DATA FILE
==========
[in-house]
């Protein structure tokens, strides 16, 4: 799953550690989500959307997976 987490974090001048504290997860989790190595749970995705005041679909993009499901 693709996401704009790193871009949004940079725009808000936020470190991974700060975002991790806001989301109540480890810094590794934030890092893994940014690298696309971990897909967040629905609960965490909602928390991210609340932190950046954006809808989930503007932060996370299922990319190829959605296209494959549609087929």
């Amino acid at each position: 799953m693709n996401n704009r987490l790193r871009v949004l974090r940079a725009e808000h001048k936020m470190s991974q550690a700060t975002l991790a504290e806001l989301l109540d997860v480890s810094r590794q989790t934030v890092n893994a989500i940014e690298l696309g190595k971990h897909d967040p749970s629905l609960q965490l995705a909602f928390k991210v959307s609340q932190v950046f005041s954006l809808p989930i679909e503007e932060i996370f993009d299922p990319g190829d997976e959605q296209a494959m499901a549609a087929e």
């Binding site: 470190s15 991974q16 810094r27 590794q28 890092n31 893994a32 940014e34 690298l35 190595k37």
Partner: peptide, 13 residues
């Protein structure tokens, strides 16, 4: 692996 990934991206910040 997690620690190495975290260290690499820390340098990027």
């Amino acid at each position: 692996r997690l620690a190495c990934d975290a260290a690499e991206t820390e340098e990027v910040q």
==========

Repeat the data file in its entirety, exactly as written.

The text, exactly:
[in-house]
């Protein structure tokens, strides 16, 4: 799953550690989500959307997976 987490974090001048504290997860989790190595749970995705005041679909993009499901 693709996401704009790193871009949004940079725009808000936020470190991974700060975002991790806001989301109540480890810094590794934030890092893994940014690298696309971990897909967040629905609960965490909602928390991210609340932190950046954006809808989930503007932060996370299922990319190829959605296209494959549609087929």
């Amino acid at each position: 799953m693709n996401n704009r987490l790193r871009v949004l974090r940079a725009e808000h001048k936020m470190s991974q550690a700060t975002l991790a504290e806001l989301l109540d997860v480890s810094r590794q989790t934030v890092n893994a989500i940014e690298l696309g190595k971990h897909d967040p749970s629905l609960q965490l995705a909602f928390k991210v959307s609340q932190v950046f005041s954006l809808p989930i679909e503007e932060i996370f993009d299922p990319g190829d997976e959605q296209a494959m499901a549609a087929e």
């Binding site: 470190s15 991974q16 810094r27 590794q28 890092n31 893994a32 940014e34 690298l35 190595k37």
Partner: peptide, 13 residues
């Protein structure tokens, strides 16, 4: 692996 990934991206910040 997690620690190495975290260290690499820390340098990027």
């Amino acid at each position: 692996r997690l620690a190495c990934d975290a260290a690499e991206t820390e340098e990027v910040q």